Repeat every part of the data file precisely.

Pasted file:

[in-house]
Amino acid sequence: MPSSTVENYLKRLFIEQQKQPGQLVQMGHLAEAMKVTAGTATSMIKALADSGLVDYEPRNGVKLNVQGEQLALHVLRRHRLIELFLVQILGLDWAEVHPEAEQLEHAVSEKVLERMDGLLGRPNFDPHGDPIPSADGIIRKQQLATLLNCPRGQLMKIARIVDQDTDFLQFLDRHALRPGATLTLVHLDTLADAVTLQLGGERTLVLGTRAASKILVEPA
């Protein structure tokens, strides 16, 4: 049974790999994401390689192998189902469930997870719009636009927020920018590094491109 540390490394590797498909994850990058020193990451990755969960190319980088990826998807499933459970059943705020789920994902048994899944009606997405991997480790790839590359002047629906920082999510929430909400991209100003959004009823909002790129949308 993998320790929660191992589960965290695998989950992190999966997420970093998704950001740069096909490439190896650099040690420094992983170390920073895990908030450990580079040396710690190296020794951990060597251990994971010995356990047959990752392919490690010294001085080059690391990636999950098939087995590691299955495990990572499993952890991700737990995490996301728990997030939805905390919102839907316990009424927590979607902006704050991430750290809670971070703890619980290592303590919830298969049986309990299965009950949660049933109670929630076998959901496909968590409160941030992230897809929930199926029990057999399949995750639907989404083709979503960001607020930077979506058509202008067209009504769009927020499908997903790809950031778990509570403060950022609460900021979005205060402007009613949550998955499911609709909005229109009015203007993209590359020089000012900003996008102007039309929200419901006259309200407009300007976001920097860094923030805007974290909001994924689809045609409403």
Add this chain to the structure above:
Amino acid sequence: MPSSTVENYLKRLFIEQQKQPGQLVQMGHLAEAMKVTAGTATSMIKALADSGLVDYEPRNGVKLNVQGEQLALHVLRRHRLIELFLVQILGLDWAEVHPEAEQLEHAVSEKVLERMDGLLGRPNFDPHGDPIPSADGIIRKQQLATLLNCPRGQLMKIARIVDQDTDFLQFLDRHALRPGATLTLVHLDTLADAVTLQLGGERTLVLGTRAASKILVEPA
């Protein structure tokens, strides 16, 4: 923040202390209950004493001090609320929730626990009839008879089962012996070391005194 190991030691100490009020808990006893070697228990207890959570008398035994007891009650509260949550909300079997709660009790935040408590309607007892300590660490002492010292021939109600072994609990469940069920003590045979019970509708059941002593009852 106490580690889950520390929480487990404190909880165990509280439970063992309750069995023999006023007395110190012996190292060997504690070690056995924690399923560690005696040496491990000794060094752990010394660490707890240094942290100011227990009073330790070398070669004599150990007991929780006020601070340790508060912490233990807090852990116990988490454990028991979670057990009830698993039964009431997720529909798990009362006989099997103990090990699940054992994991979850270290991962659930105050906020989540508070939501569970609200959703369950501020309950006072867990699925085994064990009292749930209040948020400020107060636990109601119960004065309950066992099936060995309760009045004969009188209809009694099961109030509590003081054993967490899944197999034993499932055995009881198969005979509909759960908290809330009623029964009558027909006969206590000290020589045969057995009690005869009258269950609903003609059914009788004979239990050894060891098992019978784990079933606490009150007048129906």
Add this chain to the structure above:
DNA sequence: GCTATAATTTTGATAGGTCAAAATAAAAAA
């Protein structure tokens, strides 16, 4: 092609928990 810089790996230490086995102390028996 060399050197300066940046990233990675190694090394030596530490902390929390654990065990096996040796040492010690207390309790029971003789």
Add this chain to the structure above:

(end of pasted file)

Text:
[in-house]
Amino acid sequence: MPSSTVENYLKRLFIEQQKQPGQLVQMGHLAEAMKVTAGTATSMIKALADSGLVDYEPRNGVKLNVQGEQLALHVLRRHRLIELFLVQILGLDWAEVHPEAEQLEHAVSEKVLERMDGLLGRPNFDPHGDPIPSADGIIRKQQLATLLNCPRGQLMKIARIVDQDTDFLQFLDRHALRPGATLTLVHLDTLADAVTLQLGGERTLVLGTRAASKILVEPA
């Protein structure tokens, strides 16, 4: 049974790999994401390689192998189902469930997870719009636009927020920018590094491109 540390490394590797498909994850990058020193990451990755969960190319980088990826998807499933459970059943705020789920994902048994899944009606997405991997480790790839590359002047629906920082999510929430909400991209100003959004009823909002790129949308 993998320790929660191992589960965290695998989950992190999966997420970093998704950001740069096909490439190896650099040690420094992983170390920073895990908030450990580079040396710690190296020794951990060597251990994971010995356990047959990752392919490690010294001085080059690391990636999950098939087995590691299955495990990572499993952890991700737990995490996301728990997030939805905390919102839907316990009424927590979607902006704050991430750290809670971070703890619980290592303590919830298969049986309990299965009950949660049933109670929630076998959901496909968590409160941030992230897809929930199926029990057999399949995750639907989404083709979503960001607020930077979506058509202008067209009504769009927020499908997903790809950031778990509570403060950022609460900021979005205060402007009613949550998955499911609709909005229109009015203007993209590359020089000012900003996008102007039309929200419901006259309200407009300007976001920097860094923030805007974290909001994924689809045609409403």
Add this chain to the structure above:
Amino acid sequence: MPSSTVENYLKRLFIEQQKQPGQLVQMGHLAEAMKVTAGTATSMIKALADSGLVDYEPRNGVKLNVQGEQLALHVLRRHRLIELFLVQILGLDWAEVHPEAEQLEHAVSEKVLERMDGLLGRPNFDPHGDPIPSADGIIRKQQLATLLNCPRGQLMKIARIVDQDTDFLQFLDRHALRPGATLTLVHLDTLADAVTLQLGGERTLVLGTRAASKILVEPA
């Protein structure tokens, strides 16, 4: 923040202390209950004493001090609320929730626990009839008879089962012996070391005194 190991030691100490009020808990006893070697228990207890959570008398035994007891009650509260949550909300079997709660009790935040408590309607007892300590660490002492010292021939109600072994609990469940069920003590045979019970509708059941002593009852 106490580690889950520390929480487990404190909880165990509280439970063992309750069995023999006023007395110190012996190292060997504690070690056995924690399923560690005696040496491990000794060094752990010394660490707890240094942290100011227990009073330790070398070669004599150990007991929780006020601070340790508060912490233990807090852990116990988490454990028991979670057990009830698993039964009431997720529909798990009362006989099997103990090990699940054992994991979850270290991962659930105050906020989540508070939501569970609200959703369950501020309950006072867990699925085994064990009292749930209040948020400020107060636990109601119960004065309950066992099936060995309760009045004969009188209809009694099961109030509590003081054993967490899944197999034993499932055995009881198969005979509909759960908290809330009623029964009558027909006969206590000290020589045969057995009690005869009258269950609903003609059914009788004979239990050894060891098992019978784990079933606490009150007048129906």
Add this chain to the structure above:
DNA sequence: GCTATAATTTTGATAGGTCAAAATAAAAAA
């Protein structure tokens, strides 16, 4: 092609928990 810089790996230490086995102390028996 060399050197300066940046990233990675190694090394030596530490902390929390654990065990096996040796040492010690207390309790029971003789």
Add this chain to the structure above: